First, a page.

As both ends of the palladium tube 1 are argon-arc welded, the palladium tube 1 is capable of being placed within the influence of the hydrocarbon flame source without becoming unsoldered and/or detached from the hydrogen conductor. As a valve 3 is disposed in the hydrogen conductor between each palladium tube 1 (hydrogen generating source) and a collector 6 (hydrogen collection facilitating device), a break down at a hydrogen generating source will not cause the device having more than one hydrogen generating source to shut down. The valve 3 connected to a broken down hydrogen generating source is closed to prevent intrusion of foreign gases through the broken down hydrogen generating source or release of hydrogen already received at the collector 6, thereby allowing continued operation of such device and increasing the reliability and maintainability of such device. The broken down hydrogen generating source can then be removed and repaired without affecting the operations from other hydrogen generating sources.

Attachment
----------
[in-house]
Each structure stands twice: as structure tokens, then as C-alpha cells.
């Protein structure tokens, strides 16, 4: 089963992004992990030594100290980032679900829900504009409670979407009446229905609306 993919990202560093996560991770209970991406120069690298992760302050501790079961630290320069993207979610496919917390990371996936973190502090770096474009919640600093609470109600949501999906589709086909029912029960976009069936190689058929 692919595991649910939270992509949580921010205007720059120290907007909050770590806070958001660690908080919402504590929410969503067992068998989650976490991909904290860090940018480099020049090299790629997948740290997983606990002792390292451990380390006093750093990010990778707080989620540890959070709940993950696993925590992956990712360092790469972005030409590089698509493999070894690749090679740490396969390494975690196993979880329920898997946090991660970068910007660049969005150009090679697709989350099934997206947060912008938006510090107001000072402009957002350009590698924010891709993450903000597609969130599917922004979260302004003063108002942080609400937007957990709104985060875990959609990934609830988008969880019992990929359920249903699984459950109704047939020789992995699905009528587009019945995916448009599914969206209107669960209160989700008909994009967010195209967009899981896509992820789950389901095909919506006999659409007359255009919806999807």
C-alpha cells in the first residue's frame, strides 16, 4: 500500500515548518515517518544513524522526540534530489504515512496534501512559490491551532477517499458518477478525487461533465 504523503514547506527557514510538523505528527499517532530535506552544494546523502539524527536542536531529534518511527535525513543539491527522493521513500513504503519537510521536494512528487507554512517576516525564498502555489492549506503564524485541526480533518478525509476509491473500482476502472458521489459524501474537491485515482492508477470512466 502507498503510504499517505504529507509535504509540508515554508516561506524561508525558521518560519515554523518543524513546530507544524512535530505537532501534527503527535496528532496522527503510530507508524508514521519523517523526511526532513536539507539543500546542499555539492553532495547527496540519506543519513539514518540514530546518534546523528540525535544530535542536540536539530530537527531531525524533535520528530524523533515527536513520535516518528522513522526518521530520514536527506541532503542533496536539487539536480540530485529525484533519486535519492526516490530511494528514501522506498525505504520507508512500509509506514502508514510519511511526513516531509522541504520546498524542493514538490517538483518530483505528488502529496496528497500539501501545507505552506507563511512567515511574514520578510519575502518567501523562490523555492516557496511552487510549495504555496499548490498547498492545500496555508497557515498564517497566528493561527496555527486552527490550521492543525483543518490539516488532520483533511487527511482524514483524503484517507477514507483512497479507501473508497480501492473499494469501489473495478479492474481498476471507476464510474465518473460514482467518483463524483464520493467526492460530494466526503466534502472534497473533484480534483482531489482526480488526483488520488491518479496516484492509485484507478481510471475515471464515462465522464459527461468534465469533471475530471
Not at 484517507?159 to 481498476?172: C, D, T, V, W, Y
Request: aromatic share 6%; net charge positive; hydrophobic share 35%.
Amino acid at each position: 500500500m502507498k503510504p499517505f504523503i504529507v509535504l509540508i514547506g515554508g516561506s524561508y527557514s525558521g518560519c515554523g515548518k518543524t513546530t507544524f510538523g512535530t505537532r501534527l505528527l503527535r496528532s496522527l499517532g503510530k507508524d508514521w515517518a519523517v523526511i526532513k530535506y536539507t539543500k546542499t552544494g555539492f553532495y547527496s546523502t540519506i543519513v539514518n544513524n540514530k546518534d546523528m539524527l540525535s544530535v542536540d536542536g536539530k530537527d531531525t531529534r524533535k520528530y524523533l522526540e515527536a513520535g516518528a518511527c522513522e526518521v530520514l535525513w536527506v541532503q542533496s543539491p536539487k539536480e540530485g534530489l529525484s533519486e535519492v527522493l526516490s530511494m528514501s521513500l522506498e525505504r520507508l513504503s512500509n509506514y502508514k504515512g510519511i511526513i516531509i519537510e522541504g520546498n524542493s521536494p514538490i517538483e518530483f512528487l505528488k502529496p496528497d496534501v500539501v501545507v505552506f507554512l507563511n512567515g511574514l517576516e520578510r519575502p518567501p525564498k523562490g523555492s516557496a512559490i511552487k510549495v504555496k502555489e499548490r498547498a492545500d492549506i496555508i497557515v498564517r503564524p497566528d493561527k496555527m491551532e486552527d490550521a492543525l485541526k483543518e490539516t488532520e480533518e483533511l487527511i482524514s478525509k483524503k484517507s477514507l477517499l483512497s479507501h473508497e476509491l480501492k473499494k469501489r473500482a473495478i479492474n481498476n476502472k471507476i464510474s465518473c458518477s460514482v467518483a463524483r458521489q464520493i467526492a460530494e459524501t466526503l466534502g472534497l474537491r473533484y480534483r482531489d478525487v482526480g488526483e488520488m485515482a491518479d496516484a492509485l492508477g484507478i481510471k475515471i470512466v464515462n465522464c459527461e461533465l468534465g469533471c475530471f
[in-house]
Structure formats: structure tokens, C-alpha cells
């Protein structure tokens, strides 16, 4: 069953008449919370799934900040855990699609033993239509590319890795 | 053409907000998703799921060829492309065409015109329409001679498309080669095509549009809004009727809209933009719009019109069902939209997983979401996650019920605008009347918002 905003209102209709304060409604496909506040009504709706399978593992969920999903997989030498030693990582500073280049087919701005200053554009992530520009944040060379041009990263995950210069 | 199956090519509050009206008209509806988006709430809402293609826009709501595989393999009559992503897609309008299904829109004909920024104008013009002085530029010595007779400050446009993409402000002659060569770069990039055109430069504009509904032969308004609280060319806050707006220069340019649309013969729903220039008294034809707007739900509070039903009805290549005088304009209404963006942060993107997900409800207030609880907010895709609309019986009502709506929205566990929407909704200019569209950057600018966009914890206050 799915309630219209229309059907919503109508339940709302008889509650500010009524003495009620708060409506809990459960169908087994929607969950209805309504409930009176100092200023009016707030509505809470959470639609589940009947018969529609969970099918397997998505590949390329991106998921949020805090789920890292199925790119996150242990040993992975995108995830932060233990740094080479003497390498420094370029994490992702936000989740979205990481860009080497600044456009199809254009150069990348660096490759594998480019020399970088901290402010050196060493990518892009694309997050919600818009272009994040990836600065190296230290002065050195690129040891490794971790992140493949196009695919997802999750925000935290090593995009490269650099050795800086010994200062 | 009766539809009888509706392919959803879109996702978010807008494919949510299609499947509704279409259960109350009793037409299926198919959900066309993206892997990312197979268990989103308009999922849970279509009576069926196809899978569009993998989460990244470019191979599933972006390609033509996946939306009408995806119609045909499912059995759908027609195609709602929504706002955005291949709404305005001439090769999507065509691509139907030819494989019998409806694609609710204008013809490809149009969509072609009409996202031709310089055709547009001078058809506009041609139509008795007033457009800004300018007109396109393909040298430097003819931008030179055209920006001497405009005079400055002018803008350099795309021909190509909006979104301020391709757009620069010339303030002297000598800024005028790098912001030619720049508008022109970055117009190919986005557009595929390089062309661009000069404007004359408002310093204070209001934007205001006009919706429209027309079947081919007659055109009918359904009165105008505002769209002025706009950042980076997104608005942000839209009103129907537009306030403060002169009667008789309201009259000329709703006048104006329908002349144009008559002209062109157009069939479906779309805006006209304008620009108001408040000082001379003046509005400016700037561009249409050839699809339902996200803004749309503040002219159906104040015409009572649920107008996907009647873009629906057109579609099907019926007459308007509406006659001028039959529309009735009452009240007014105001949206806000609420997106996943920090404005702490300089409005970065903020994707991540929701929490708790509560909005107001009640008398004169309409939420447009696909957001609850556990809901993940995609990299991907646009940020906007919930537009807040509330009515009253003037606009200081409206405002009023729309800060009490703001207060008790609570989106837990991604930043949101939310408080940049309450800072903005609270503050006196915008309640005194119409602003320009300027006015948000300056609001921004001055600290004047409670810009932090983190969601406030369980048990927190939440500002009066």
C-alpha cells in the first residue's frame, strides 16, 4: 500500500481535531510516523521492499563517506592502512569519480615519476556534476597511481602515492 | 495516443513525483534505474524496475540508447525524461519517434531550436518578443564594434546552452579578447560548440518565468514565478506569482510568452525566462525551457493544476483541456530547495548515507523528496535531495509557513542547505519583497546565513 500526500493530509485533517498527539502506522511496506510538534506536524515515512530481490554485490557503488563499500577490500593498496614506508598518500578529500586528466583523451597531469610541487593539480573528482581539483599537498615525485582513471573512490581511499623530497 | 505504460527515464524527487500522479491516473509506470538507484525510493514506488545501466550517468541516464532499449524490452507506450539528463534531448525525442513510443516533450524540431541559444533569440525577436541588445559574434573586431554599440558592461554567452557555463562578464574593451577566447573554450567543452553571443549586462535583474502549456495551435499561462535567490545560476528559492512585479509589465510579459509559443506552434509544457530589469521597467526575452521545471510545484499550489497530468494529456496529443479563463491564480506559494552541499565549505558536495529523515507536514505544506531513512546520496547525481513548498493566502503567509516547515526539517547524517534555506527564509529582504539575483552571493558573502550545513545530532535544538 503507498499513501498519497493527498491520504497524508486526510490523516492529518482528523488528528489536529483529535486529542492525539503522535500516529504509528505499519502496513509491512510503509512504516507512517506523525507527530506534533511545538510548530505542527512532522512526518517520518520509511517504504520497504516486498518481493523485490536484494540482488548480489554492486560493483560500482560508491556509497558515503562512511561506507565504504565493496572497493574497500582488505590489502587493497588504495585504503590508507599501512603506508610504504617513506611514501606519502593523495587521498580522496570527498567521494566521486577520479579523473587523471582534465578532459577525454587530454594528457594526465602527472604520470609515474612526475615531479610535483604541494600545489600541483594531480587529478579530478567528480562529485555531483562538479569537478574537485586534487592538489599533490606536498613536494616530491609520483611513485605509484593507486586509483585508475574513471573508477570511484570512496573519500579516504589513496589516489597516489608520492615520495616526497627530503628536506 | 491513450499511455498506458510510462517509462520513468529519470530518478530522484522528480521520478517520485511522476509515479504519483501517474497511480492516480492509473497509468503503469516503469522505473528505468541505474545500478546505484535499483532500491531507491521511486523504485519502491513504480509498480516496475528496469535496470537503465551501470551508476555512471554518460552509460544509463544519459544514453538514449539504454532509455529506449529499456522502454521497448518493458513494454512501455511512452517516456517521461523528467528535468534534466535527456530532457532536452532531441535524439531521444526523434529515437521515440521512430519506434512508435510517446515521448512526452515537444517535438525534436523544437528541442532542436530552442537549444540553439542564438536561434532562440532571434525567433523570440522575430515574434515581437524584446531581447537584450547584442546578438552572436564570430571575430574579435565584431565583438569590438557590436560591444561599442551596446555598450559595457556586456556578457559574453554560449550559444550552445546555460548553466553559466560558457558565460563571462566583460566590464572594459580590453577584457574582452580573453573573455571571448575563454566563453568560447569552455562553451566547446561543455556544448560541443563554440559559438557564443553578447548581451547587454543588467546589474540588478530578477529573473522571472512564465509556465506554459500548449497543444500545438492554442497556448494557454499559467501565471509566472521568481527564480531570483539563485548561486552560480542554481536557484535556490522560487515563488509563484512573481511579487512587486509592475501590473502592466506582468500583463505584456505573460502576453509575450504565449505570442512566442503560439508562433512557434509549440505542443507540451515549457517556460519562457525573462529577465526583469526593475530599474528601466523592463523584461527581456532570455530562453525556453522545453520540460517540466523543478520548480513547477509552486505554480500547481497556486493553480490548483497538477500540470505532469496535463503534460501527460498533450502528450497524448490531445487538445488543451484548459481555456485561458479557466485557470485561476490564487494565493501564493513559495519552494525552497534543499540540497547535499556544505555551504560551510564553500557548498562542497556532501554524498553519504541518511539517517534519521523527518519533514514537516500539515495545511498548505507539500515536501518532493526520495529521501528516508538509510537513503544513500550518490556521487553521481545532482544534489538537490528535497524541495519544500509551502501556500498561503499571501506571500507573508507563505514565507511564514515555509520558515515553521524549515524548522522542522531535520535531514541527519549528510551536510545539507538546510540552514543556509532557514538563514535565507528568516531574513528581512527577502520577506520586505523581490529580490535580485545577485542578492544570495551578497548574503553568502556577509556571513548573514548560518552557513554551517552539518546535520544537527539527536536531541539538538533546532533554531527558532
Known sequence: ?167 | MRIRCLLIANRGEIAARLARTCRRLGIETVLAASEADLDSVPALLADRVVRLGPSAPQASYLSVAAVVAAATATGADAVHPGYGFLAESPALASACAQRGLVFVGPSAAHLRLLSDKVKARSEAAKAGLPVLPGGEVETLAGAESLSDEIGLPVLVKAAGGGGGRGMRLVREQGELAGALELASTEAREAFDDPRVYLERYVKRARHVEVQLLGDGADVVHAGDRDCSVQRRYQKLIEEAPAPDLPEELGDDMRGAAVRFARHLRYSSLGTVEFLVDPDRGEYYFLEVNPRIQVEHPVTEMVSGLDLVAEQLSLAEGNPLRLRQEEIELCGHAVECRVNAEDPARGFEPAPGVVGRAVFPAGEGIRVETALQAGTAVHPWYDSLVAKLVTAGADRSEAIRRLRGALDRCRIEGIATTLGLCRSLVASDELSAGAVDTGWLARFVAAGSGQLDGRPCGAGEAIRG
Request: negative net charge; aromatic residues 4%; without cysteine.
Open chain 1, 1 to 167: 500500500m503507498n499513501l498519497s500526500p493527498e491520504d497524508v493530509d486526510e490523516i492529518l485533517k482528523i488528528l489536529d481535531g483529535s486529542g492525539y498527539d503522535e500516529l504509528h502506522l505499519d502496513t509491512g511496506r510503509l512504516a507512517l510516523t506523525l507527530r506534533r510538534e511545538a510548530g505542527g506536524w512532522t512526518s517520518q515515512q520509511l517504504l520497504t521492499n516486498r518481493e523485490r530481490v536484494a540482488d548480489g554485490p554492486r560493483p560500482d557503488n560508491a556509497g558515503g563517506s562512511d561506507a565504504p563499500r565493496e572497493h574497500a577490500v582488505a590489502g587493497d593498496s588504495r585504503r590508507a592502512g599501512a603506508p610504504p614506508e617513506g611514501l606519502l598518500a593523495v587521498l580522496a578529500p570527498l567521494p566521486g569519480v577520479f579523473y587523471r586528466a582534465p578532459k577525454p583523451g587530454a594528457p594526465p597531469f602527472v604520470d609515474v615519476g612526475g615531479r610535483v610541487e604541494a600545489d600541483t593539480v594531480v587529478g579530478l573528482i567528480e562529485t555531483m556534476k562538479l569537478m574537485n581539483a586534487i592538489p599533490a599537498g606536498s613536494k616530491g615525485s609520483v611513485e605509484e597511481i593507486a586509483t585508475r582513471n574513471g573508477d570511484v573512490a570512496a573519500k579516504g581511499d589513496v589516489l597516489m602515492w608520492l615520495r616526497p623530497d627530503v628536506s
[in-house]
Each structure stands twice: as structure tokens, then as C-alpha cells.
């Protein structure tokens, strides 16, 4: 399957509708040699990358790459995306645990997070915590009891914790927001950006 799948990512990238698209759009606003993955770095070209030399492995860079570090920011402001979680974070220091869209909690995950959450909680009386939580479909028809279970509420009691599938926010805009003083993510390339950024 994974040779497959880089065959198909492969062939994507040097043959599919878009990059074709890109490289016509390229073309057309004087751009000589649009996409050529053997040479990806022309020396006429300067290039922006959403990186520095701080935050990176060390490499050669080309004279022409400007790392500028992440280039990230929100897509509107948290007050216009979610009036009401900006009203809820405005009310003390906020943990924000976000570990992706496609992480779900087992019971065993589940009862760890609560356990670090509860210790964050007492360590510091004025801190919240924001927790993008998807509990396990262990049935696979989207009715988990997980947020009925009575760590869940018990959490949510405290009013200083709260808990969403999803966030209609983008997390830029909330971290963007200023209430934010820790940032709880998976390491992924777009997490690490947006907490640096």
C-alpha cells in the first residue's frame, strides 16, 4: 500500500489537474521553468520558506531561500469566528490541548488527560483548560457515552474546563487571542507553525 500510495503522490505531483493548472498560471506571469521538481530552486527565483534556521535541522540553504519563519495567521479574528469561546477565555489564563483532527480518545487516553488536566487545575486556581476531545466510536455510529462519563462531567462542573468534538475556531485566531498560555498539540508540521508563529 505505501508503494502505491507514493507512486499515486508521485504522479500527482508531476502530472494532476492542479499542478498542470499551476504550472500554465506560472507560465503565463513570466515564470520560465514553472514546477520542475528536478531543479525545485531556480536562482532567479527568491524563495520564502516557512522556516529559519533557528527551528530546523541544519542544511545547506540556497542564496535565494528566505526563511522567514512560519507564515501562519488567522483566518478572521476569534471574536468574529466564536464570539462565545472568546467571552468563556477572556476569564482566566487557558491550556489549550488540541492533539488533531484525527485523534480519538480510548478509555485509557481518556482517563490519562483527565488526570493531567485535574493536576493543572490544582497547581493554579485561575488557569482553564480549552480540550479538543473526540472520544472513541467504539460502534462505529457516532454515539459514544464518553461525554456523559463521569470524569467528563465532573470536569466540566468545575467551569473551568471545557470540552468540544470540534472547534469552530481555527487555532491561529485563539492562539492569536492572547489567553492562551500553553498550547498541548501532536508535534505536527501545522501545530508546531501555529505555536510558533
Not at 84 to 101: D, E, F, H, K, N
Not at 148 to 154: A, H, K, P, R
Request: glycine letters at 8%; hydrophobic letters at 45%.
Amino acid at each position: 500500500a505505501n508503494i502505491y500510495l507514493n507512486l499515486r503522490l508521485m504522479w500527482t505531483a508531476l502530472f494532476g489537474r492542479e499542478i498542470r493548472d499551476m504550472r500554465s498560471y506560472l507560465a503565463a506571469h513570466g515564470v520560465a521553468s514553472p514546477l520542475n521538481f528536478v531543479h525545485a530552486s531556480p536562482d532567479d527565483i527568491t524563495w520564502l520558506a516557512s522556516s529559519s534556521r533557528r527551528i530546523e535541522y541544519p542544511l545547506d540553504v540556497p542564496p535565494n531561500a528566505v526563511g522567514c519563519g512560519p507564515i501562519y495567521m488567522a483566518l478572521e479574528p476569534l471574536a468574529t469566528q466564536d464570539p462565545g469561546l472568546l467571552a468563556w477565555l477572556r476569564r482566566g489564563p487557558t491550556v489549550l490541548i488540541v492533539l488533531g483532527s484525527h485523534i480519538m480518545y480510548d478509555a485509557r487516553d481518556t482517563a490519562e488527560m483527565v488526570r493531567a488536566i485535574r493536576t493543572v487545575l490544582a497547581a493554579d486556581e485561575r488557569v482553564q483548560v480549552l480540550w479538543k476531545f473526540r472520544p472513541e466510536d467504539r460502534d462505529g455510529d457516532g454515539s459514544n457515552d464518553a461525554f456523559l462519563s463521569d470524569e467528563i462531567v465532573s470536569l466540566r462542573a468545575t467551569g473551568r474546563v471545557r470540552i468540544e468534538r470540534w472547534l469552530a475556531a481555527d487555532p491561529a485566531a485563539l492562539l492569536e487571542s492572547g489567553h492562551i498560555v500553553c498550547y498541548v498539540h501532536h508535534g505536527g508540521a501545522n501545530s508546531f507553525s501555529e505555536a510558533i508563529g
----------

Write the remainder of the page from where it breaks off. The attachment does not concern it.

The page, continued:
Two types of screen were investigated, i.e., a planar or flat screen measuring about 3 cm×20 cm and a semi-cylindrical screen (screen having semi-circular cross-sectional profile) with radius 22 of about 1.2 cm and length of about 20 cm. FIG. 3 is a front orthogonal view of yet another embodiment of the present ultra-pure hydrogen generating device, depicting the use of a semi-cylindrical screen 16 for increasing the productivity of hydrogen production. FIG. 4 is a side orthogonal view of yet another embodiment of the present ultra-pure hydrogen generating device, depicting the use of a semi-cylindrical screen 16 for increasing the productivity of hydrogen production. FIG. 5 is a side orthogonal view of yet another embodiment of the present ultra-pure hydrogen generating device, depicting the use of a flat screen 26 for increasing the productivity of hydrogen production. In this embodiment, it is further shown a mechanism for capturing waste heat generated by the flame 14. A container 34 is disposed above the screen 26 where a liquid disposed in the container 34 is configured to be heated by using the waste heat generated by the flame 14. In one embodiment, a flow is liquid is effected such that an incoming liquid is received and heated in the container 34 and the heated liquid is removed from the container 34 can be used for heating.